Waterbound goes back in time at Welsh Valley

Posted: November 16, 2016

Waterbound is a seventh grade interdisciplinary program at Welsh Valley Middle School that puts a unique spin on the traditional curriculum. While academically rigorous, the activities are designed to appeal to all types of learning styles as students experience first person history, integration of technology, thematic events, the natural world, and much more. Each learning unit, led by teachers Marybeth Raidy and John V’Soske, culminates in a “special day” in which students step directly in to the roles and lives of the related characters and/or time period.

As Waterbound wrapped up their unit on the Colonial Era, students were transported back in time over the course of two days for a pair of fun-filled and educational activities: a “Colonial Mid-Day” event held at the Harriton House and “Colonial Day Williamsburg” experience in the Saunder’s Woods.

Harriton House is a historic property in Lower Merion Township that played host to Presidents, signers of the Declaration of Independence, and was also the home of Charles Thompson, the Secretary of the Second Continental Congress. Dressed in traditional colonial garb, students enjoyed a tour of Harriton House, crafted a colonial “wizzer” toy from wood using a hand drill and saw, and embroidered an authentic colonial design on a pocket or pouch.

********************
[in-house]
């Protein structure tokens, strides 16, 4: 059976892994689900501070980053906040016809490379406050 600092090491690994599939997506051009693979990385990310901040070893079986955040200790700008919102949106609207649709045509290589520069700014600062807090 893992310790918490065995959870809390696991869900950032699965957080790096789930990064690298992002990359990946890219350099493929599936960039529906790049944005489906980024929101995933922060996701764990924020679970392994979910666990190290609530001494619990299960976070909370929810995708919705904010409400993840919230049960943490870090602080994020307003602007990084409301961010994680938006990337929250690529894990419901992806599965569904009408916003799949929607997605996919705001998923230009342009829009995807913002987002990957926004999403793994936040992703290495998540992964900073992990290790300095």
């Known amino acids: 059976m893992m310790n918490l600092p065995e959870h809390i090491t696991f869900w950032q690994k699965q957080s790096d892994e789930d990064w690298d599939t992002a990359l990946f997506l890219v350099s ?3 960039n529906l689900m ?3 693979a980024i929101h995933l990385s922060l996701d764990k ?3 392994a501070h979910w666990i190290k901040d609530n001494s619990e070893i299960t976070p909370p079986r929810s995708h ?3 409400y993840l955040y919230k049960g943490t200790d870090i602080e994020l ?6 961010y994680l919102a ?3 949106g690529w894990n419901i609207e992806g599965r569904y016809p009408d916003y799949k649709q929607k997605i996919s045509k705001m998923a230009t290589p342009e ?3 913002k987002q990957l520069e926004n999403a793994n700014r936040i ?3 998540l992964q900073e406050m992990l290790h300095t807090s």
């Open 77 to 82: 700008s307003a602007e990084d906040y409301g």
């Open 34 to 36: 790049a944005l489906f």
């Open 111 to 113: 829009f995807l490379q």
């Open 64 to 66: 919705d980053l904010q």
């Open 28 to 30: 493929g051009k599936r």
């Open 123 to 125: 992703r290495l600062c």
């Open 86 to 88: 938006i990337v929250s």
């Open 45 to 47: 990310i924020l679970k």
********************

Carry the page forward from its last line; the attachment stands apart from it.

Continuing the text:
A few weeks later, the Waterbound students staged their own version of Williamsburg complete with colonial costumes and foods at Saunder’s Woods – a 25-acre natural oasis for wildlife and local residents in the heart of the Main Line. In preparation for the event students researched crafts, foods, trades, and costumes of the time. Throughout the day, students rotated through stations run by their classmates based on their research, which included: cooking corn pudding and pumpkin pudding, making applesauce, sampling homemade preserves on biscuits, playing traditional colonial and tavern games, printing a message using wood block stamps and walnut ink, weaving corda with a lucet, and attending class in a colonial schoolhouse. Entertainment was provided by many of Waterbound’s own musicians playing pieces authentic to the time period. A typical colonial tavern lunch of chicken potpie, puddings, buttermilk biscuits and jam, and homemade applesauce was served and enjoyed by all. Students baked items for a huge dessert table consisting of cookies all made from colonial recipes.

The day was a unique experience for all involved. The students learned valuable information about colonial times, and more importantly, realized how difficult colonial life must have been.

For more information about Waterbound, click here. To view a slideshow of images from Waterbound’s Colonial Days, click on the image in the upper right-hand corner of the screen.

Last Updated: December 5, 2016

Related Content

1 2 3 >